After a southern-Indiana teen died of heat stroke last week, questions arose about the accusation that he was denied treatment at an immediate care center. According to accounts, the boy’s stepfather took him to the Norton Immediate Care Center in Lyndon before calling EMS at the center’s advisement.
A Norton Spokesperson said this week that the boy was not denied care and was not actually brought into the clinic. Rather, his stepfather described his symptoms to the doctors, who referred the man to an emergency room.
State statutes do not require an urgent care center to be equipped to handle ailments like heat stroke, which can be life threatening. The Cabinet for Health and Family Services advises patients with life or limb threatening injuries to seek care at an emergency room or treatment facility.
University of Louisville professor of emergency medicine Timothy Price says patients should think of an urgent care center like a walk-in doctor’s office.
“One of these immediate care center places, you know they don’t have the ability to sort of admit a patient or observe a patient for an extended period of time,” Price says “they’re essentially like a doctor’s office, you wouldn’t expect to to go into your doctor’s and be seen and be able to stay there for four hours while you’re receiving ongoing treatment and then being discharged.”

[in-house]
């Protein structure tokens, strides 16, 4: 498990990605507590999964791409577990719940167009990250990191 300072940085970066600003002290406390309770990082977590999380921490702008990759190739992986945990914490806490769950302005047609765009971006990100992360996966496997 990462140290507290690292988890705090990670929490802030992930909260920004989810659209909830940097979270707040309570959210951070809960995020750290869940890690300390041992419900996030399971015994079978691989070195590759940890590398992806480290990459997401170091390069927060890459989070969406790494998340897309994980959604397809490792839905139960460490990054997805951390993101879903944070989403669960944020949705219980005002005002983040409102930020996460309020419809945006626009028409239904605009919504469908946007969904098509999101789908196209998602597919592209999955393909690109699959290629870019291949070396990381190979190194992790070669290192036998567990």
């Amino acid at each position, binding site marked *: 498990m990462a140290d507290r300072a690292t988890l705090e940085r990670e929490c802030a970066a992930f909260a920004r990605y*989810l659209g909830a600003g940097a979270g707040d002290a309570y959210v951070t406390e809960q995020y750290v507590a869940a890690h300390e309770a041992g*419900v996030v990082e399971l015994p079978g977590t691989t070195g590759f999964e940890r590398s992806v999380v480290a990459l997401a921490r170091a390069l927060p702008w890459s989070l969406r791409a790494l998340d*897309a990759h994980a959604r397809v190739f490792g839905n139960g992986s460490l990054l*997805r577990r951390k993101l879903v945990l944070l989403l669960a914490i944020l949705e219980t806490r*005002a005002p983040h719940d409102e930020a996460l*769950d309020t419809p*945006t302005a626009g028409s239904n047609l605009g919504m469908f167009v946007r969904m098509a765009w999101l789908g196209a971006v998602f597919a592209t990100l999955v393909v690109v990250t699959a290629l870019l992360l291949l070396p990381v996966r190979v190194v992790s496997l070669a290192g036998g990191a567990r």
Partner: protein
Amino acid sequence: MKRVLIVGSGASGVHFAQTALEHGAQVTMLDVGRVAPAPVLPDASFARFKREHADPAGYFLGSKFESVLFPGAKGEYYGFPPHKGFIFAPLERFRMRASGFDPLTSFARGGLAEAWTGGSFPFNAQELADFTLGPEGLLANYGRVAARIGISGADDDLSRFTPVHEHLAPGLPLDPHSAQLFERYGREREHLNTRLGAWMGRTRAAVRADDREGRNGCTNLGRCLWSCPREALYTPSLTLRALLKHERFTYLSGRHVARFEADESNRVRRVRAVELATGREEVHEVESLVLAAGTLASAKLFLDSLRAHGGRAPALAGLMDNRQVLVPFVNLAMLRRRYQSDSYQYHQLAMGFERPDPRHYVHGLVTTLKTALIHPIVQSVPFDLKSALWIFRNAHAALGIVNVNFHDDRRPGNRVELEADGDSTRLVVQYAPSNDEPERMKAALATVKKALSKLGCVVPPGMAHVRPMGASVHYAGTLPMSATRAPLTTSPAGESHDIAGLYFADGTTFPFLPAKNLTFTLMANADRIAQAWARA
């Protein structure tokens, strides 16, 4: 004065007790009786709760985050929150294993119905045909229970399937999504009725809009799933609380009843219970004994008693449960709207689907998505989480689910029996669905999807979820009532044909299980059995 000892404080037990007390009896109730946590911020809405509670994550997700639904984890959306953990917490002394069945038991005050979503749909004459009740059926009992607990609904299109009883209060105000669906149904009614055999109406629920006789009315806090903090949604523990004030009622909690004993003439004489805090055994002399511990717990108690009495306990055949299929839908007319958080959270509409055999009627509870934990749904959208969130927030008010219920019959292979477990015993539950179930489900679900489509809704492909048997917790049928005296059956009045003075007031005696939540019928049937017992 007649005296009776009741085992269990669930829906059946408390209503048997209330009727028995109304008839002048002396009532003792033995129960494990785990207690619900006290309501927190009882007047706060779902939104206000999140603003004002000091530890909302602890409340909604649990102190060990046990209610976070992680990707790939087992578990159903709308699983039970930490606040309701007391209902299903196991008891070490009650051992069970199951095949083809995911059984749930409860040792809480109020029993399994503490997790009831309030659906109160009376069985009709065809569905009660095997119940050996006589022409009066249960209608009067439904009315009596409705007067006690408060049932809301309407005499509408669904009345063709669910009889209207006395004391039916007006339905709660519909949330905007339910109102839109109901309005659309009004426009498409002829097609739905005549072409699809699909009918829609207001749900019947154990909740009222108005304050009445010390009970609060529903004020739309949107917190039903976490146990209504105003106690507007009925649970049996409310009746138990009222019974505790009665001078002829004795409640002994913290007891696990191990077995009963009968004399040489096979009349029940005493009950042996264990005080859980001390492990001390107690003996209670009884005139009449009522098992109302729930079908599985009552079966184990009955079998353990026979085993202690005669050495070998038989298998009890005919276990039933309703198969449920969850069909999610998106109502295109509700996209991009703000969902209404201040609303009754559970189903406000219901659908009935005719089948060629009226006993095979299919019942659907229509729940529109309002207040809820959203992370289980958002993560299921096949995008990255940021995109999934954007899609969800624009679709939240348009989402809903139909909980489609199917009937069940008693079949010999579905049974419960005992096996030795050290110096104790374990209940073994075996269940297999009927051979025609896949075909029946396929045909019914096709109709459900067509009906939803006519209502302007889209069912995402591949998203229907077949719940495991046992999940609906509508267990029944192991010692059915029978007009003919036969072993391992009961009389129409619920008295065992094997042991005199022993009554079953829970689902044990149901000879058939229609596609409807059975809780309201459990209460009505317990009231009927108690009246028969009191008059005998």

Price says heat stroke causes disorientation beyond the exhaustion associated with minor heat-related illness, and should always be treated as an emergency.
With the extreme heat this summer, the Cabinet has also issued guidance on avoiding heat-related illness and warns of the dangers associated with them.